Placeholder canvas
Igniting Ideas For impact

Embarking on a transformative journey through six chapters, we traverse India's landscape, exploring pioneering startups and their revolutionary...

2 months

‘Preeti, Chunni Thik Karo’: Mumbai Police Highlights Misogyny We All Need to Call Out

‘Preeti, Chunni Thik Karo’: Mumbai Police Highlights Misogyny We All Need to Call Out

In a viral Twitter post that's winning praise from netizens, Mumbai Police called out Bollywood for dialogues from movies like Kabir Singh and Dabangg that mainstream misogyny in everyday language and actions. #LanguageMatters

Words can inspire. And words can destroy. Choose yours wisely. — Robin Sharma

As someone who is constantly told, “Relax, it’s not aimed at you,” I for one can relate to this. What about you?

In India, punchlines, dialogues and abuses often translate into sexist slurs that attack women. Interestingly, these are common lingual phrases that may or may not be directed towards a woman, but still use elements like gendered roles and anatomy as an expression of insult.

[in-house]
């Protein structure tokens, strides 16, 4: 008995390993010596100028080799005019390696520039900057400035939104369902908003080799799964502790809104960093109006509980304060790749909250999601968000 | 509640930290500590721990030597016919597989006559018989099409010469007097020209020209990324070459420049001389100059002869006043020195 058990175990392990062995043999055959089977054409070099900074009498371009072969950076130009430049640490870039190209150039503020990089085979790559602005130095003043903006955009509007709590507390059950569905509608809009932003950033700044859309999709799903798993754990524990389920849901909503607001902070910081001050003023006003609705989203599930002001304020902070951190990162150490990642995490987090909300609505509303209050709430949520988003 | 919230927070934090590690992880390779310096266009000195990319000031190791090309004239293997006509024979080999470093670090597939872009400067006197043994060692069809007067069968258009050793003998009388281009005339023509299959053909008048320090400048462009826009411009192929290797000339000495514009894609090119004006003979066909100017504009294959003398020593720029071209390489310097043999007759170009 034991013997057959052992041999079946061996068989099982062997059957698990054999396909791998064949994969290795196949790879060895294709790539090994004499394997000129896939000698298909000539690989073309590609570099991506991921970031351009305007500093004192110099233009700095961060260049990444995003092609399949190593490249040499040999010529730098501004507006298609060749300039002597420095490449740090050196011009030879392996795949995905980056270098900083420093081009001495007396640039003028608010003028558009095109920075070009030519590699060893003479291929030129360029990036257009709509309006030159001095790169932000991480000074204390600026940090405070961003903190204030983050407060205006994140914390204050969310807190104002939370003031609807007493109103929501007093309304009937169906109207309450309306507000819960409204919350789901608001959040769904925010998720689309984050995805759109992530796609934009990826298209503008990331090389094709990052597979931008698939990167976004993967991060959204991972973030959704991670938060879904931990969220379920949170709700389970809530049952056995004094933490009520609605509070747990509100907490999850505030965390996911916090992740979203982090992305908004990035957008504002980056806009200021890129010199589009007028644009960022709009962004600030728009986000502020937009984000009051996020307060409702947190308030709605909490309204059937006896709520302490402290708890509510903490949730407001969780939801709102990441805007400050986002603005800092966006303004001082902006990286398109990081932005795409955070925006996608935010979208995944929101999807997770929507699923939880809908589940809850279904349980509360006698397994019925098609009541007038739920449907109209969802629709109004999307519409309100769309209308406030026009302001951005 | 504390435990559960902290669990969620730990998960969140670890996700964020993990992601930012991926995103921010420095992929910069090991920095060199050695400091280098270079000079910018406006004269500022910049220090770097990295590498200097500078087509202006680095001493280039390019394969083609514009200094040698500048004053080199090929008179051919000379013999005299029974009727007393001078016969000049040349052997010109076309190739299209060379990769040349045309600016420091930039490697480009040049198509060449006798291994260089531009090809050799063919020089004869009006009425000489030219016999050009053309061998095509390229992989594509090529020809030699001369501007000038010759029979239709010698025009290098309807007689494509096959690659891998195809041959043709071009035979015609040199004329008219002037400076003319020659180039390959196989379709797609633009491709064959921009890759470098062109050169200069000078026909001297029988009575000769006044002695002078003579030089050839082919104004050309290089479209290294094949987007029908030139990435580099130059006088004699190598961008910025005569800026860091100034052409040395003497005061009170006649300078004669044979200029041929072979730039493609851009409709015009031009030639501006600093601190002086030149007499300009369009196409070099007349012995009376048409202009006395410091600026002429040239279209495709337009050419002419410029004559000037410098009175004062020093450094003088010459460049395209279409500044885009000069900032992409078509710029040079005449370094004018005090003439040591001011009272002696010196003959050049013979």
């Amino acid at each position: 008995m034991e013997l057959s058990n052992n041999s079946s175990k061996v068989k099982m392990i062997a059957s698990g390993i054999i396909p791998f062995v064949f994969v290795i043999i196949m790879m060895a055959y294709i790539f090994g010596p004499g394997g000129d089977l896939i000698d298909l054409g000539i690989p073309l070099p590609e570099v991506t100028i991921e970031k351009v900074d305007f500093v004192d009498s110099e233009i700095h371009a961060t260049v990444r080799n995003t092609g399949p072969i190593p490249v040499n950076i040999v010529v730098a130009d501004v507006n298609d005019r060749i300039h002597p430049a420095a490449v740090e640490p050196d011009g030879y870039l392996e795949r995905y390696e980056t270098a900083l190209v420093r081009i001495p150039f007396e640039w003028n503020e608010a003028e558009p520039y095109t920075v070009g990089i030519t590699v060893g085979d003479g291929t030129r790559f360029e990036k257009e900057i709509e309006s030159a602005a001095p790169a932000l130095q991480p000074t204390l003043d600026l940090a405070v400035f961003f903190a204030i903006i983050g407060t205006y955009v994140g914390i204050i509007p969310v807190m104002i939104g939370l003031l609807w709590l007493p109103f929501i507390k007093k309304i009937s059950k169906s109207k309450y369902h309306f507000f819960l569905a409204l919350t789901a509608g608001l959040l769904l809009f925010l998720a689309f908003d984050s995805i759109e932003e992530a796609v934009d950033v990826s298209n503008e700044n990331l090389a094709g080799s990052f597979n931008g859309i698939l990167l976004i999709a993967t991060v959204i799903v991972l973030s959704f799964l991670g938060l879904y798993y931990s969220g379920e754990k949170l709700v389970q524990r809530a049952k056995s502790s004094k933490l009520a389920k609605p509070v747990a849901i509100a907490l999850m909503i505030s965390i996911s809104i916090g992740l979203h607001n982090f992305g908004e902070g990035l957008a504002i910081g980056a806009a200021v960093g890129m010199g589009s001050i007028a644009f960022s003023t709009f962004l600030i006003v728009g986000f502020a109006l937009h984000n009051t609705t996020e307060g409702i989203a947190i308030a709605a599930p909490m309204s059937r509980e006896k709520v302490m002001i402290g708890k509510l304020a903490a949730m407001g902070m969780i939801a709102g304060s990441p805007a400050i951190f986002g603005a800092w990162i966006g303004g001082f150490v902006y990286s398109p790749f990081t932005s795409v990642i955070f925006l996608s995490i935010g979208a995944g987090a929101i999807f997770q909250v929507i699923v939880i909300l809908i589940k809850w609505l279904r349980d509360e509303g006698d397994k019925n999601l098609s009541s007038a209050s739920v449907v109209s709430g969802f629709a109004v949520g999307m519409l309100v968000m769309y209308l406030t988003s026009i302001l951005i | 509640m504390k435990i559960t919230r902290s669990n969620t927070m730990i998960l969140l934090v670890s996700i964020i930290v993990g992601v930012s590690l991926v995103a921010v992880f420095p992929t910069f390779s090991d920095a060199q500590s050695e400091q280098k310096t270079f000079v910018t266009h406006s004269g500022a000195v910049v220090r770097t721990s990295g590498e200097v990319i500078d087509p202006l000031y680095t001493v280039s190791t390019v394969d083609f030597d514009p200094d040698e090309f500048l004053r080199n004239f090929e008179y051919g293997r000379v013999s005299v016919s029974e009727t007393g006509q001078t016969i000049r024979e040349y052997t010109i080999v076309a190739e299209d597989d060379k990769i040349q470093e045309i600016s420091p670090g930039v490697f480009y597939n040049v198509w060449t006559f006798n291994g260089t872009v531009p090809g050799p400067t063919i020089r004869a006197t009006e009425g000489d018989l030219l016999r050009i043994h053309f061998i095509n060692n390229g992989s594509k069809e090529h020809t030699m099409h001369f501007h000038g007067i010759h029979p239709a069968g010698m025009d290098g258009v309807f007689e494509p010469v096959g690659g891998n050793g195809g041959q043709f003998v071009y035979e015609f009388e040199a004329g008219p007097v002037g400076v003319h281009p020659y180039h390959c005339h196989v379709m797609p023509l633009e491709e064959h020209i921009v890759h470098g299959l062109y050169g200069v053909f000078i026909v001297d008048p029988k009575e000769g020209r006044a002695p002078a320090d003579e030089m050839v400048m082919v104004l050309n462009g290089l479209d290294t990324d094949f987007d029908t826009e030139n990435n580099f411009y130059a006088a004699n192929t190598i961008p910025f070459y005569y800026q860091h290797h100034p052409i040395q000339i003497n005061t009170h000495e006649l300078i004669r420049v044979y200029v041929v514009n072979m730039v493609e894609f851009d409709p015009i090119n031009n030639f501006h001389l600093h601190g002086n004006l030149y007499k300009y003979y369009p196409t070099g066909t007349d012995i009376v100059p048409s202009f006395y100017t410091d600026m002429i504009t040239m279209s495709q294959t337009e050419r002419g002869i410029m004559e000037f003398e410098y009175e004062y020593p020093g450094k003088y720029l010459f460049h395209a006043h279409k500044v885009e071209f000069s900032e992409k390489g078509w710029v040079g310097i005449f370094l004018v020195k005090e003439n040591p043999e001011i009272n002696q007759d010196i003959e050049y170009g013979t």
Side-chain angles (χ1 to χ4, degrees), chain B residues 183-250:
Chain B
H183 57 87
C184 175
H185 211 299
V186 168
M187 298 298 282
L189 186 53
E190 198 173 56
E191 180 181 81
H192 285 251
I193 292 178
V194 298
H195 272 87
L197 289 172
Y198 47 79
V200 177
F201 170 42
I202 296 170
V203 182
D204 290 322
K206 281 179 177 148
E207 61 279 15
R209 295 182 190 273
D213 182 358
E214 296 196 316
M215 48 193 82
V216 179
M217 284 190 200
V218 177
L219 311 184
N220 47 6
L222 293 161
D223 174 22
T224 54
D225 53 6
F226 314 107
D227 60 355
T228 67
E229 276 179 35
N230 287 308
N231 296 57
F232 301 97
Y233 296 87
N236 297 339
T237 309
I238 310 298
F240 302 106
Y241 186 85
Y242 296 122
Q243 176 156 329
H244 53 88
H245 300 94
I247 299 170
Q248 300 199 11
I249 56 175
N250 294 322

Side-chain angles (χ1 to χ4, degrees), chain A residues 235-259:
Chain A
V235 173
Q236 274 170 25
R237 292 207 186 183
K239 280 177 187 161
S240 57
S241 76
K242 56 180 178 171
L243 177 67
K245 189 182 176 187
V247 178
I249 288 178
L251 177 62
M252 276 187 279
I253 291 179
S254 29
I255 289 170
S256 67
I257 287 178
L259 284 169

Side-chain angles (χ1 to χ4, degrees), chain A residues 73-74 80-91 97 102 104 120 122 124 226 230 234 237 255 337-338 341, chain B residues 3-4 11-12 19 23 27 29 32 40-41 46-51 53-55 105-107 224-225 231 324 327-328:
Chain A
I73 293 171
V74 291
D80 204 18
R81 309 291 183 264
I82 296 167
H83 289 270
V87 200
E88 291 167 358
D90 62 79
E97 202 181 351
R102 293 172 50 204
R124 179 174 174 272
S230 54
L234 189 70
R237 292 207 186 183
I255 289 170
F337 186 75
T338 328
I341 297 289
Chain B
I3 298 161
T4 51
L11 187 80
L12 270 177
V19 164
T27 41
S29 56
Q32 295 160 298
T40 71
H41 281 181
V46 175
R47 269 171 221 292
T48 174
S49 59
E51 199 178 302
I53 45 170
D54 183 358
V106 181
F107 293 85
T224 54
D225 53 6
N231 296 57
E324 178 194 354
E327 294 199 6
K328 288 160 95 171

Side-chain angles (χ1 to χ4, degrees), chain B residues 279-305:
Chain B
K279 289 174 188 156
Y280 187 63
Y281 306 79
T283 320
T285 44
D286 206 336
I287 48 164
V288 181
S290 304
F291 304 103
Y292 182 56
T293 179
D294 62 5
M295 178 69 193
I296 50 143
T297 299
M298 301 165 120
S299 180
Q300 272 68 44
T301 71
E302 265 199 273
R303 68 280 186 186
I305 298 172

While on one hand, such slang grossly degrades women, on the other, it leaves the impression that to be associated with anything related to a woman is a matter of shame. Yet more often than not, people using this kind of language fail to realise its impact.

What enforces misogyny on such a deep level that one often fails to identify the contours of its existence?

In a recent viral Twitter post, Mumbai Police called out the Indian film industry for promoting stereotypical beliefs that are often reflected in society.

As a widely accepted representation of the country’s culture, Bollywood has a major impact on the way its audience perceives social quips and trendy behaviours. This is probably the reason why over time, careless dialogue has trickled into real life as misogynistic behaviour against women.

Narendra Nath Kalia, in his article ‘Women and Sexism’, points out how sexist language steers the collective consciousness of a society towards discriminatory behaviour, which often begins right at the schooling level.

In this light, the need of the hour becomes for all of us to realise the meaning of the words we speak. Who are they aimed at, and what impact are we looking to create through them?

Watch this video to understand why language matters:

We bring stories straight from the heart of India, to inspire millions and create a wave of impact. Our positive movement is growing bigger everyday, and we would love for you to join it.

Please contribute whatever you can, every little penny helps our team in bringing you more stories that support dreams and spread hope.

Support the biggest positivity movement section image Support the biggest positivity movement section image